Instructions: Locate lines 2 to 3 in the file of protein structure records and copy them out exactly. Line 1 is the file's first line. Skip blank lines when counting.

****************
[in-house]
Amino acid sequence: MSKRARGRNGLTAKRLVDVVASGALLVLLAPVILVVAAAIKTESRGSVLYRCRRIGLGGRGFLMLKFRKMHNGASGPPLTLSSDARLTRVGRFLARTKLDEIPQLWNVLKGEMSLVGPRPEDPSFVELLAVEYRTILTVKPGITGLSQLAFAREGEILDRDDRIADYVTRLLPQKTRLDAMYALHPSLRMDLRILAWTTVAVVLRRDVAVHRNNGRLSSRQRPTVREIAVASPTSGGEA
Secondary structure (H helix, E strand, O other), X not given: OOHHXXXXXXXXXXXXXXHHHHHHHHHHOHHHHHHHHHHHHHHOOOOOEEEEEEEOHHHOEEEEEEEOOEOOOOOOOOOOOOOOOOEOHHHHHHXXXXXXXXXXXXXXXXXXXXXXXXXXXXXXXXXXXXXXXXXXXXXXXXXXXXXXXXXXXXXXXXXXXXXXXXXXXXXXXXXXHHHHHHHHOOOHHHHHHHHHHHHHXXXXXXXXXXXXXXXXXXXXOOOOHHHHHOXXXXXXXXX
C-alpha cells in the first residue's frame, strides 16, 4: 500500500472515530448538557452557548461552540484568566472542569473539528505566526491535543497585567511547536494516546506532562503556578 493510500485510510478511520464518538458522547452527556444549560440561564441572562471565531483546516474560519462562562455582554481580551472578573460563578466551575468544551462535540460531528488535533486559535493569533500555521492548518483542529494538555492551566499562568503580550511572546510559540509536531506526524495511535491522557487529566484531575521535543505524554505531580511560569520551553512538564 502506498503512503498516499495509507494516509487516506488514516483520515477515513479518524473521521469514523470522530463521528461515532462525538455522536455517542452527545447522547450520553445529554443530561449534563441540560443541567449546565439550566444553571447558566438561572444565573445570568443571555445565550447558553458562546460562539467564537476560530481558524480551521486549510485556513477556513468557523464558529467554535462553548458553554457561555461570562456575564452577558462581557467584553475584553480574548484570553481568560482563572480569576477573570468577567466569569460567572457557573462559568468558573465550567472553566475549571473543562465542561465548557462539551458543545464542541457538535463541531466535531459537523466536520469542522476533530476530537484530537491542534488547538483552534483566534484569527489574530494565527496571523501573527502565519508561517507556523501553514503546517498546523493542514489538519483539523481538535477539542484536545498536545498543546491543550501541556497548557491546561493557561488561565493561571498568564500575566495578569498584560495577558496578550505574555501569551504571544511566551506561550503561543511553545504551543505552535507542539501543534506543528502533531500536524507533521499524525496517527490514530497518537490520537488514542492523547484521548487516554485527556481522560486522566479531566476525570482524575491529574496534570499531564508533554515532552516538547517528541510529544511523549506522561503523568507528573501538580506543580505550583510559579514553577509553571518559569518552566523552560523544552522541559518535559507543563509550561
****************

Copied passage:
Amino acid sequence: MSKRARGRNGLTAKRLVDVVASGALLVLLAPVILVVAAAIKTESRGSVLYRCRRIGLGGRGFLMLKFRKMHNGASGPPLTLSSDARLTRVGRFLARTKLDEIPQLWNVLKGEMSLVGPRPEDPSFVELLAVEYRTILTVKPGITGLSQLAFAREGEILDRDDRIADYVTRLLPQKTRLDAMYALHPSLRMDLRILAWTTVAVVLRRDVAVHRNNGRLSSRQRPTVREIAVASPTSGGEA
Secondary structure (H helix, E strand, O other), X not given: OOHHXXXXXXXXXXXXXXHHHHHHHHHHOHHHHHHHHHHHHHHOOOOOEEEEEEEOHHHOEEEEEEEOOEOOOOOOOOOOOOOOOOEOHHHHHHXXXXXXXXXXXXXXXXXXXXXXXXXXXXXXXXXXXXXXXXXXXXXXXXXXXXXXXXXXXXXXXXXXXXXXXXXXXXXXXXXXHHHHHHHHOOOHHHHHHHHHHHHHXXXXXXXXXXXXXXXXXXXXOOOOHHHHHOXXXXXXXXX